There’s More to New Jersey Estate Planning than Writing a Will

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There’s More to New Jersey Estate Planning than Writing a Will

If you have a will and it’s up to date, you’re a step ahead of most Americans. Data from various sources puts the percentage of adults in the United States who do not have wills at between 50% and 65%. And, those numbers don’t improve significantly as people age.

In Bergen County, New Jersey, for example, about 1/3 of people who die each year do not have wills. This may create significant complications for heirs, aggravating stress in what is already a difficult and emotional time.

Intestate Succession Can Be Messy

Across age groups and economic status, most people who don’t have wills report that they simply haven’t gotten around to making them. Many people don’t consider estate planning urgent, either because they expect to live for many years or because they assume that their families will be provided for even without a will.

It’s true that New Jersey intestate succession law provides for the deceased’s closest relatives in the absence of a will. However, distribution is complicated, and the outcome may not be what you would have chosen. For example, many people assume that if they predecease their husband or wife, the surviving spouse will “get everything.” That’s true in some circumstances, but in many cases it is not. If the deceased has a surviving parent, or has descendants who are not also descendants of the spouse, a relatively complex formula kicks in.

Taking charge of your estate plan while you are able is the best way to protect the people you care most about.

A Will is Just the First Step in Estate Planning

A properly prepared will that considers all of your assets and all of the family members, other loved ones, and charities that you want to provide for is a great start.  However, many people who have prepared wills have nonetheless overlooked important considerations, leaving unanticipated complications for their heirs.

A comprehensive estate plan includes many other elements, such as:

Health Care Directives and Healthcare Powers of Attorney (POAs)

When a medical crisis occurs, we aren’t always able to speak for ourselves. Advance health care directives and medical POAs make your wishes known, and place any necessary decision-making in the hands of the person you choose. This preparation not only helps ensure that your wishes will be carried out, but also relieves the burden on your loved ones and reduces the potential for conflict among possible decision-makers.

Guardianship of Minor Children

A child who has just lost a parent needs stability and a sense of security to recover and move forward. It is your responsibility as a parent to ensure that your child is protected in the worst of circumstances by choosing a trusted guardian and making legal provisions to ensure that your wishes are carried out. Planning ahead also allows you to appoint a qualified person or organization to manage the children’s inheritance.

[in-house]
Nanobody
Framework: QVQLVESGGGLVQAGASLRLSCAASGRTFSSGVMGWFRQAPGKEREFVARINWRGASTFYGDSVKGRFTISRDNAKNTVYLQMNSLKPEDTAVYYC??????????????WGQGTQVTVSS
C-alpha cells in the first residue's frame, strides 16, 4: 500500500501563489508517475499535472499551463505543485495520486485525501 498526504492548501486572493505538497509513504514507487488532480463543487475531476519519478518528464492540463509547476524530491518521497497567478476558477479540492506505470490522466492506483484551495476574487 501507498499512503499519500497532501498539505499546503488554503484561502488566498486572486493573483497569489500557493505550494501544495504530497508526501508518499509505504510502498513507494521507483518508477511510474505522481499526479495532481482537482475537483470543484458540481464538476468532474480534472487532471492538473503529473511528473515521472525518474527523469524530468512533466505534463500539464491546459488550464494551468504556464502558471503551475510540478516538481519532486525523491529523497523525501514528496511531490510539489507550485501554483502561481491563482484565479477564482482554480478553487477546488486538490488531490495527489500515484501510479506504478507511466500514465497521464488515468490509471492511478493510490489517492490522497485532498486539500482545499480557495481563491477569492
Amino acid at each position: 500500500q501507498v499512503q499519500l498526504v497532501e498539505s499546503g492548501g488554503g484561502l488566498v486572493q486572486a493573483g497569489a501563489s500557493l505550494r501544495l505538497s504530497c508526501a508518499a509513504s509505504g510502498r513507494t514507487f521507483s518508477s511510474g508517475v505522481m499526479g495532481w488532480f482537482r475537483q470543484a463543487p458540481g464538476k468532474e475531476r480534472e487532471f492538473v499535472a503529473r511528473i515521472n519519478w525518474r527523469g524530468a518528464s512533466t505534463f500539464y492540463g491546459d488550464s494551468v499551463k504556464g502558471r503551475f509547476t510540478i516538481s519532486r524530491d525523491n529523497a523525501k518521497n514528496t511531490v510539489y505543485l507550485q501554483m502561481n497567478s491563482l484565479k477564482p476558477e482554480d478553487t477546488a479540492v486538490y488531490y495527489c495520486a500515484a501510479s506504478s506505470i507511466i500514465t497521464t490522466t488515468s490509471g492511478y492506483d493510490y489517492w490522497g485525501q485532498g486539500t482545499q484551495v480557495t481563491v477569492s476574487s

Rights of Survivorship and Pay on Death Provisions

Not all property has to pass through probate. The most common example is a family home that is titled to both spouses as “tenants by the entirety,” ownership automatically passes to the surviving spouse. Other types of property, such as bank accounts, may be held as “joint tenants with rights of survivorship,” also resulting in automatic transfer to the surviving owner. However, whether or not property passes this way depends on how it is titled, and very specific language may be required.

A New Jersey Estate Lawyer Can Help

When you review your estate with an experienced New Jersey estate lawyer, the attorney can guide you through all of the key considerations, to ensure that you are not overlooking important issues. Creating a comprehensive estate plan that makes use of the tools that best match your needs will allow you to:

  • Provide for your own needs in case of a medical emergency that prevents you from making decisions on your own behalf
  • Provide for the physical care and custody of any minor children who survive you
  • Ensure that your assets are distributed as you choose, rather than according to a formula created by the legislature
  • Provide for easy, automatic transfer of assets where the option is available

There’s no reason to delay.  Contact us today.

By |2018-08-10T16:32:18-05:00June 10th, 2017|Estate Planning, Wills & Probatesssss|

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